Ray Dalio, one of the most famous hedge fund managers in the world, and the founder of the world’s largest hedge fund, Bridgewater, says that the world has lost its mind. The eccentric hedge fund founder recently published a blog post entitled “The World Has Gone Mad and the System Is Broken” in which he argues that zero rates, weak returns, and growing inequality are leading to something bad. What exactly that “bad” was remained unclear.
FINSUM: We agree that these are issues, but we are pretty tired of vague doom and gloom prognostications. We like a highly specific catalyst for such forecasts.
If you follow Warren Buffett at all, you will know that one of his main investing philosophies is to buy companies with a wide moat, or a major defensive position in their industry which blocks competitors from grabbing market share. It seems second nature to want to invest in such stocks, however, research suggests they may not perform as well as one would think. The reason why is that wide-moat stocks are often very popular, which means they get overpriced as investors pile in. Because of this, companies that consumers love often have returns that lag lesser companies. “Great companies don’t always make great investments”, says the CIO of retirement for Morningstar Investment Management.
FINSUM: This is a really a matter of timing. At some point these popular companies see a big run up in their stock, so it is more a matter of buying them early than saying they underperform.
One of the old adages of the market is to “sell in May and go away”, or get out of stocks in the summer and come back in the fall when everyone gets back to work. That axiom holds water when you look over many decades, but its record in recent years has been spotty, with summer returns over the last five years being quite solid (though still less than November-April). Over the last five years, the average return from May-October has been 4.31% while in November-April is has been 5.53%.
FINSUM: Anyone’s guess what will happen this year, but the last few summers have been more positive. 5 years is a pretty short sample size though.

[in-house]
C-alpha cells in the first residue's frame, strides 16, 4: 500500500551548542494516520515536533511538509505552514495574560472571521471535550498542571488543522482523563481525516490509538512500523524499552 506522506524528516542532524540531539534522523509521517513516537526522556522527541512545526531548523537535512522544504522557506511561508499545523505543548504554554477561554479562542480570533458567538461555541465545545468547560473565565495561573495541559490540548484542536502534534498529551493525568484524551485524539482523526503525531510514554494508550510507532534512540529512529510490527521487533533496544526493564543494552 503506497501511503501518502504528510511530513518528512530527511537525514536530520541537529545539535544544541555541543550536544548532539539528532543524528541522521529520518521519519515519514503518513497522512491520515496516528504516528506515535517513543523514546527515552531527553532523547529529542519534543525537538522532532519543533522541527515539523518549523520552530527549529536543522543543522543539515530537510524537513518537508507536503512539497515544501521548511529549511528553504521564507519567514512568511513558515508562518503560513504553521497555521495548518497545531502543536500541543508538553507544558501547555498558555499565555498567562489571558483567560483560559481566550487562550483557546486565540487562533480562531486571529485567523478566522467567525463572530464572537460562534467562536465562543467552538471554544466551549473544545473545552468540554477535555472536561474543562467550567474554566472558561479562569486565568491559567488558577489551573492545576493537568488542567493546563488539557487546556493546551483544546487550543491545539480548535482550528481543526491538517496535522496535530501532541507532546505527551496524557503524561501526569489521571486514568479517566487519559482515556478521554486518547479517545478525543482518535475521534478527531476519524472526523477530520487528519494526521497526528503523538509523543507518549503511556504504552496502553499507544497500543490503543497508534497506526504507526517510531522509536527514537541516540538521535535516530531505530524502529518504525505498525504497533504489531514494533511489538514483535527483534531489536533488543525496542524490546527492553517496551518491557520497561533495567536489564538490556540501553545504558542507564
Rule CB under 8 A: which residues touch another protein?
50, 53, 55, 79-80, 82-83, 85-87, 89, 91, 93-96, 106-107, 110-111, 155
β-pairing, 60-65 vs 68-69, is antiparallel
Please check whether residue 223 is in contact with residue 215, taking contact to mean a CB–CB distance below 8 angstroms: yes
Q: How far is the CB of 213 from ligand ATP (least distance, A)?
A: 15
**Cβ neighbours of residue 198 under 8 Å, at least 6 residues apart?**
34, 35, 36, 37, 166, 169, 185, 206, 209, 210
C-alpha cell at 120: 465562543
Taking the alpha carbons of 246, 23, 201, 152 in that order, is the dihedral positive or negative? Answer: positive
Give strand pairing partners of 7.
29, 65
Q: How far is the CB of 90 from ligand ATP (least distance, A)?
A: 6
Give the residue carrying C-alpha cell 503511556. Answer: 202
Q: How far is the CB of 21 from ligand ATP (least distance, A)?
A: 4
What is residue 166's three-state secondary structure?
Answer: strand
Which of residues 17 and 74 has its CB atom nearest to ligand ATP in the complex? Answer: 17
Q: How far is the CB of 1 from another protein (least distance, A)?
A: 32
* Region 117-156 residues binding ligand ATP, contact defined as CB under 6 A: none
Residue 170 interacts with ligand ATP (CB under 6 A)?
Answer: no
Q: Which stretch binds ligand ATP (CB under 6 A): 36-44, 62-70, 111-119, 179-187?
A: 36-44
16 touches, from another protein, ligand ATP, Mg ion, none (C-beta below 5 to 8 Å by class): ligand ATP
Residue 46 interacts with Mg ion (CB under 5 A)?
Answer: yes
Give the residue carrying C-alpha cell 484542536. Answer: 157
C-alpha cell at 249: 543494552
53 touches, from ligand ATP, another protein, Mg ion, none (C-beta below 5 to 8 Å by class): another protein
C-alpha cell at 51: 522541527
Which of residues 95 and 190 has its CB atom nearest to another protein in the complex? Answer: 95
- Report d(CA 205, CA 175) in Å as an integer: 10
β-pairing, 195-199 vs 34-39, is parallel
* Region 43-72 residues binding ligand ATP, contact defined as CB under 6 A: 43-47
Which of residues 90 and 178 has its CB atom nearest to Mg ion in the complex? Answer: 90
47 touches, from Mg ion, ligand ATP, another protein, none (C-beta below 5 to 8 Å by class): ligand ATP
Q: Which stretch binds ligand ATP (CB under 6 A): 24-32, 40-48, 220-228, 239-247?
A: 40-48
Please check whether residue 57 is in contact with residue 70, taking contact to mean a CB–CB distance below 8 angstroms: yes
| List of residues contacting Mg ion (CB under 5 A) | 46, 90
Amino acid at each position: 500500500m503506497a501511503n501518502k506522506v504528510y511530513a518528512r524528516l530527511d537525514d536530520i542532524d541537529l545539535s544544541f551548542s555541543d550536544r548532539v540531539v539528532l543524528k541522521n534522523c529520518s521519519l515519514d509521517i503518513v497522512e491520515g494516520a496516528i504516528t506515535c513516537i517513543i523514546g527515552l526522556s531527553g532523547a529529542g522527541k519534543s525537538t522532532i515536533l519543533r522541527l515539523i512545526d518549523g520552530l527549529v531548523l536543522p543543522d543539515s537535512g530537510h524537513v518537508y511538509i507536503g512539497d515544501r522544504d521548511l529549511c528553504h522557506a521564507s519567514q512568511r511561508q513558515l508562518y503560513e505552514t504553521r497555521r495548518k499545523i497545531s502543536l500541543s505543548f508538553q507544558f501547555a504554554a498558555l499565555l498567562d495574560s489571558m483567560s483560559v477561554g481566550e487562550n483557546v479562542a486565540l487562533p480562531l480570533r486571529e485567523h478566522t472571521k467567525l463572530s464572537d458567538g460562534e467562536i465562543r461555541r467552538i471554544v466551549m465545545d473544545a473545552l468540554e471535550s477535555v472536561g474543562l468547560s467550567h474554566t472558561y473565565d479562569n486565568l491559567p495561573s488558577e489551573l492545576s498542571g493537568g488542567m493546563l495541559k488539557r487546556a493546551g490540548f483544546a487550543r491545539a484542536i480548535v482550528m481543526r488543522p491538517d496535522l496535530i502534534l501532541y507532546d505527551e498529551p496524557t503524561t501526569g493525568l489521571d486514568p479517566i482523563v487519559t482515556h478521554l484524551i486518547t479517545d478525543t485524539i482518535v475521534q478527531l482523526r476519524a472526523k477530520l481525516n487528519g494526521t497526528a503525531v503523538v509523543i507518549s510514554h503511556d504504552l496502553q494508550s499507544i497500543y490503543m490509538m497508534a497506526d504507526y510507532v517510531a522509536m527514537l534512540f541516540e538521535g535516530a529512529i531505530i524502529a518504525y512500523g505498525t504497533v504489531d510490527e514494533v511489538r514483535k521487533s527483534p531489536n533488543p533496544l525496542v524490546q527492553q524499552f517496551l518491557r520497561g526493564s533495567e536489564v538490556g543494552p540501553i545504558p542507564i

With the market still facing some volatility after last month’s beating, some investors might be inclined to seek out stocks that may stay relatively safe from big moves. One strategy for doing so could be to look for companies with low debt. Low debt brings greater financial flexibility to companies and generally makes investors much less worried about their ability to meet their obligations. According to Barron’s “Stocks of firms with low debt have outperformed those with higher debt by about one percentage point a year for the past 25 years … Low debt companies are also less volatile than the overall market, on average”.
FINSUM: This seems like a good parameter by which to carve out a safer portion of a portfolio, though as our readers will know, we generally don’t like using historical returns alone as a guide.
Here is an eye opener- by some measures this was the worst year for markets in at least a century. Through early November, 89% of assets had delivered losses for the year, the worst market wide performance in a 100 years, according to Deutsche Bank. However, with the new truce between China and the US, many assets are moving into the black for the year. Also, the jump in oil bodes well for the energy sector as well as high yield bonds.
FINSUM: A lot of the near-term gloom got cleared up this weekend, and it seems possible that markets could have a nice end-of-year bull run.